Le nozze di Figaro

Photos from Le Nozze di Figaro

 

Le nozze di Figaro

Composed by Wolfgang Amadeus Mozart

Libretto by Lorenzo Da Ponte

Based on the play ‘La folle journée, ou le Mariage de Figaro’ (1784) by Pierre Beaumarchais.

Premiered at the Burgtheater in Vienna on May 1, 1786.

 Figaro page web

Friday, November 7, 2014 at 8pm

Sunday, November 9, 2014 at 3pm

The Skip Viragh Center for the Arts at Chaminade College Preparatory School, 425 S. Lindbergh Blvd.

Sung in Italian with English supertitles

Co-Sponsored by Mary Sale

Directed by John Stephens

Orchestra conducted by Scott Schoonover

Cast:

Count Almaviva: Chad Armstrong

Countess Almaviva: Jane Jennings

Susanna: Katy Lindhart

Figaro: Todd William Donovan

Cherubino: Cherry Duke

Marcellina: Erin Haupt

Bartolo: Stephen Bryant

Basilio: Zachary Devin

Don Curzio: Anthony Heinemann

Barbarina: Katherine Van  Zandt

Antonio: John Stephens

 

 

Synopsis

Act I: Count Almaviva’s country estate near Seville, late 18th century. The servants Figaro and Susanna are preparing for their wedding. Figaro is furious when his bride tells him that the Count has made advances toward her and vows to outwit his master. The scheming Dr. Bartolo appears with Marcellina, who wants Figaro to marry her. When she runs into Susanna, the two women trade insults. The page Cherubino enters; finding Susanna alone, he explains to her that he is in love with all women. He hides when the Count—who is angry because he caught Cherubino flirting with Barbarina, the gardener’s daughter—shows up. The Count again pursues Susanna, but conceals himself when the music master, Basilio, approaches. When Basilio tells Susanna that Cherubino has a crush on the Countess, the Count furiously steps forward. He becomes further enraged when he discovers Cherubino hiding in the room. The Count orders Cherubino to join his regiment in Seville and leaves Figaro to cheer up the unhappy adolescent.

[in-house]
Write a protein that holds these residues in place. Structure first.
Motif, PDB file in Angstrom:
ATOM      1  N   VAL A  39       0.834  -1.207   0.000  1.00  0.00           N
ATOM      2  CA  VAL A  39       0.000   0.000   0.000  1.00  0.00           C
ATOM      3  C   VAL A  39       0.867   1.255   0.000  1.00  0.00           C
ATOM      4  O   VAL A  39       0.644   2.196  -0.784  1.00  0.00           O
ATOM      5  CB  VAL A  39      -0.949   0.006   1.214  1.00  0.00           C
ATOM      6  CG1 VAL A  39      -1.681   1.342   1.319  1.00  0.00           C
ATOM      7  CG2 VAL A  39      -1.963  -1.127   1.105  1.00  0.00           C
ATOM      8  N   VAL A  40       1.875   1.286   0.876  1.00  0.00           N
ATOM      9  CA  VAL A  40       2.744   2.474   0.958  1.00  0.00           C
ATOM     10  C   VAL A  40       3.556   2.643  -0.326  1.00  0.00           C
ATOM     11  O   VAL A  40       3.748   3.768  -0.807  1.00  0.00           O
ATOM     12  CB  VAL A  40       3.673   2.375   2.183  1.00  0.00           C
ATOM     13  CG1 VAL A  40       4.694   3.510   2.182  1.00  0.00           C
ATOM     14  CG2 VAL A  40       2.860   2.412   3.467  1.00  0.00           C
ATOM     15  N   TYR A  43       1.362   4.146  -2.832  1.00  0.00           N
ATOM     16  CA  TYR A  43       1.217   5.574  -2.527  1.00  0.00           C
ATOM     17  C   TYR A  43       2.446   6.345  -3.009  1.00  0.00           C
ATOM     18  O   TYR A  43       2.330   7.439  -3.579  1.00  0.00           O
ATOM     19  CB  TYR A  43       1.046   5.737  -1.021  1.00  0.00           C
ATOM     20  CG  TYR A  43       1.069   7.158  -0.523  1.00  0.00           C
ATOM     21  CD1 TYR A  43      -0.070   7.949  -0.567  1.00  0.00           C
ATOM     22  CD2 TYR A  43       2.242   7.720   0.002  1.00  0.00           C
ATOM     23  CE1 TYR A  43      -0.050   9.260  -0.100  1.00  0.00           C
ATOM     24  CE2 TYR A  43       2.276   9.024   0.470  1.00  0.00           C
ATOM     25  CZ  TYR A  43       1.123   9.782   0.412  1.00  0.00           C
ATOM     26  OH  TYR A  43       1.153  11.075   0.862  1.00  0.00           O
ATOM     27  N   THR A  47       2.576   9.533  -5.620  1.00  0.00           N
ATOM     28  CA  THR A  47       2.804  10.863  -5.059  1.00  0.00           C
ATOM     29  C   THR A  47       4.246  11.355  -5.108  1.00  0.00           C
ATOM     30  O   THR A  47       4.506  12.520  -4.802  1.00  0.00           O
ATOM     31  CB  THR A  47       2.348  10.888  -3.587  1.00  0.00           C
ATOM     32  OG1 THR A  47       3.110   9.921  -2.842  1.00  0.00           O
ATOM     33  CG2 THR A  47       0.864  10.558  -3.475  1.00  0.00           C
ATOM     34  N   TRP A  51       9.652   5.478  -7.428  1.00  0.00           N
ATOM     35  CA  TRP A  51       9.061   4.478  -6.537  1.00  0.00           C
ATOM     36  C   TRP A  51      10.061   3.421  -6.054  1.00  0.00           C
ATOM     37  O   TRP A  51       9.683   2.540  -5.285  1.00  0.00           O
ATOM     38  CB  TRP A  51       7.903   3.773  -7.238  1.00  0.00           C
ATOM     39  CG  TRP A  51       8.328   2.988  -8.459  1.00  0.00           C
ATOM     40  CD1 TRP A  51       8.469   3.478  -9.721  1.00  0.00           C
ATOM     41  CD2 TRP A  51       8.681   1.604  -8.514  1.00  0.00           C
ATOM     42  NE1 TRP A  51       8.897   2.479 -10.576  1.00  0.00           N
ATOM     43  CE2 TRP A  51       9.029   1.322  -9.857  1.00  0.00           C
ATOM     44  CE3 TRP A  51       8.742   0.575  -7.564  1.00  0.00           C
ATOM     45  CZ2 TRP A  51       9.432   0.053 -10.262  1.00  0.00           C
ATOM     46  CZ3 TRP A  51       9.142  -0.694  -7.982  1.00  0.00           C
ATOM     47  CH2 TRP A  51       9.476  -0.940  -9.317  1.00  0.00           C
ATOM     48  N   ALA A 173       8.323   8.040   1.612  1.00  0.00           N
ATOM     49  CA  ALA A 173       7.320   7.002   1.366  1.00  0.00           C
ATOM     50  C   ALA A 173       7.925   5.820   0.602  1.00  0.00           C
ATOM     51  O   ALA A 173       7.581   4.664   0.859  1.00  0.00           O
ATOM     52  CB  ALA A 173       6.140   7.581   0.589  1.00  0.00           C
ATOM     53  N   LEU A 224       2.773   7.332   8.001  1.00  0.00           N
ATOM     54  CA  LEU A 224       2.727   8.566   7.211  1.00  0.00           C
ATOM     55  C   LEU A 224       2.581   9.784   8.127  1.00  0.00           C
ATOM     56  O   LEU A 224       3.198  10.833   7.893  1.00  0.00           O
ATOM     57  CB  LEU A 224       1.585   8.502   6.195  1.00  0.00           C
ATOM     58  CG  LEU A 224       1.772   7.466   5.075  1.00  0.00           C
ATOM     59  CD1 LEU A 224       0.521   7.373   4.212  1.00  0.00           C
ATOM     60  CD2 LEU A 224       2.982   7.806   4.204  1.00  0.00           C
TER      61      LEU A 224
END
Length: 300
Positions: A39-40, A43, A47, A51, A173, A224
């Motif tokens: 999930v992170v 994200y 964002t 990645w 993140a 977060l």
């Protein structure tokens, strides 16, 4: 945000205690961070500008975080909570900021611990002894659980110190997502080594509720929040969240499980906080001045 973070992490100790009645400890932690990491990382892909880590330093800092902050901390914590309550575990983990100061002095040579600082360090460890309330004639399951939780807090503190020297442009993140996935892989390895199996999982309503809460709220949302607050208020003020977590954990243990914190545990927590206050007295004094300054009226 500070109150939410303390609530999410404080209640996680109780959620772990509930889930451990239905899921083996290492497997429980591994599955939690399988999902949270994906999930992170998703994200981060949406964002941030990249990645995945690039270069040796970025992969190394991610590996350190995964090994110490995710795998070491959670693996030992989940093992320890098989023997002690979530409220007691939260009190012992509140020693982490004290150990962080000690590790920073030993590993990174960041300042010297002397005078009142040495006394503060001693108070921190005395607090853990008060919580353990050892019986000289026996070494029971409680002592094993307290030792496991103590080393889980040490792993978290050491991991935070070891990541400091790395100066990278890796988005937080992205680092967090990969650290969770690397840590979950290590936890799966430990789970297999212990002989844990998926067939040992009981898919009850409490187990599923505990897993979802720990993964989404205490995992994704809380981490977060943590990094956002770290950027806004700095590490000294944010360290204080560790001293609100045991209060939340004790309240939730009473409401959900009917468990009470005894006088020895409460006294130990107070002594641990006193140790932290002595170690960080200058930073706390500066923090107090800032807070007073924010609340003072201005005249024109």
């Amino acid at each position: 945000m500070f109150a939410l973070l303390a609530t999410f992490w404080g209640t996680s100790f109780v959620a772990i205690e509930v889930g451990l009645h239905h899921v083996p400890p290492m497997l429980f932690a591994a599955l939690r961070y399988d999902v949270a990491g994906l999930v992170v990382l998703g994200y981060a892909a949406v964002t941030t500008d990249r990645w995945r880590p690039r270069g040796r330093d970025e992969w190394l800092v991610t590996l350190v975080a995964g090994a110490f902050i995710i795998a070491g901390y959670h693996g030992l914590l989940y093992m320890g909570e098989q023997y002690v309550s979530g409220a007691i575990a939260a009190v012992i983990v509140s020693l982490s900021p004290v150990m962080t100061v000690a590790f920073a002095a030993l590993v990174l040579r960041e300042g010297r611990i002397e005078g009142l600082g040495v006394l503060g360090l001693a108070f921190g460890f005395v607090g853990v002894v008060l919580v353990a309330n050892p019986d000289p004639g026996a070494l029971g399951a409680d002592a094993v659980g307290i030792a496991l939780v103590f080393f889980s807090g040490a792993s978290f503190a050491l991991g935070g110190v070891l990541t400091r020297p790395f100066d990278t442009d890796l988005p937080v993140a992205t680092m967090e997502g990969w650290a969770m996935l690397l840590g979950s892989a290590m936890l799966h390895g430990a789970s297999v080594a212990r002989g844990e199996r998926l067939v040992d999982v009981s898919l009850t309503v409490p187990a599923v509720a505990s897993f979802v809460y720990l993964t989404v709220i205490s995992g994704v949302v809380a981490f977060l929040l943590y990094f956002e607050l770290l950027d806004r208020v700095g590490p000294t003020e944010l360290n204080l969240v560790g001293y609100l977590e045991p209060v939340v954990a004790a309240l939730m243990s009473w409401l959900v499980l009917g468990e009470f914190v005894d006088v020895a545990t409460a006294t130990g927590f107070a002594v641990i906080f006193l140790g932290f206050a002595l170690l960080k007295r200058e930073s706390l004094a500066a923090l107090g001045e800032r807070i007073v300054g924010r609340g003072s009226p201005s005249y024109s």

Act II: The Countess despairs that her husband no longer loves her, but after some encouragement from Figaro and Susanna she agrees to set a trap for him: they will send Cherubino, disguised as Susanna, to a rendezvous with the Count. Susanna begins to dress Cherubino in girls’ clothes. When she goes off to find a ribbon, the Count knocks and is annoyed to find the door locked. Cherubino hides in the closet. The Countess opens the door to her husband, who, when he hears a noise, is skeptical of her story that Susanna is in the closet. Taking his wife with him, he leaves to get tools to force the door. Meanwhile, Susanna, who has reentered unseen and observed everything, helps Cherubino escape through the window before taking his place in the closet. When the Count and Countess return, both are stunned to find Susanna inside the closet. All seems well until the gardener Antonio appears, complaining that someone has jumped from the window, ruining his flowers. Figaro, who has rushed in to announce that everything is ready for the wedding, pretends that it was he who jumped. When Bartolo, Marcellina, and Basilio appear, waving a court summons for Figaro, the delighted count declares the wedding postponed.

Act III: Susanna leads the Count on with promises of a rendezvous, but he grows doubtful when he overhears her conspiring with Figaro. Alone, the Countess recalls her past happiness, vowing to regain her husband’s affections. Marcellina wins her case but then, noticing a birthmark on Figaro’s arm, is astonished to discover that he is her long lost son. Susanna and the Countess continue their conspiracy against the Count and compose a letter to him confirming the rendezvous with Susanna that evening. Later, during Figaro and Susanna’s wedding ceremony, the bride slips the letter to the Count.

Act IV: Barbarina tells Figaro and Marcellina about the planned rendezvous between the Count and Susanna. Thinking that his bride is unfaithful, Figaro angrily leaves; just missing Susanna and the countess who are dressed as each other. Alone, Susanna sings a love song that Figaro, hidden nearby, thinks she is addressing to the Count. Susanna conceals herself in time to see Cherubino declare his love to the disguised Countess—until the Count chases him away to be alone with “Susanna.” Soon Figaro understands what is going on and, joining in the fun, makes exaggerated advances towards Susanna in her Countess disguise. The Count returns, finding Figaro with his wife (or so he thinks). Outraged, he calls everyone to witness his wife’s infidelities. At that moment, the real Countess reveals her identity. Realizing the truth, the Count asks for his wife’s forgiveness and the couple is reunited.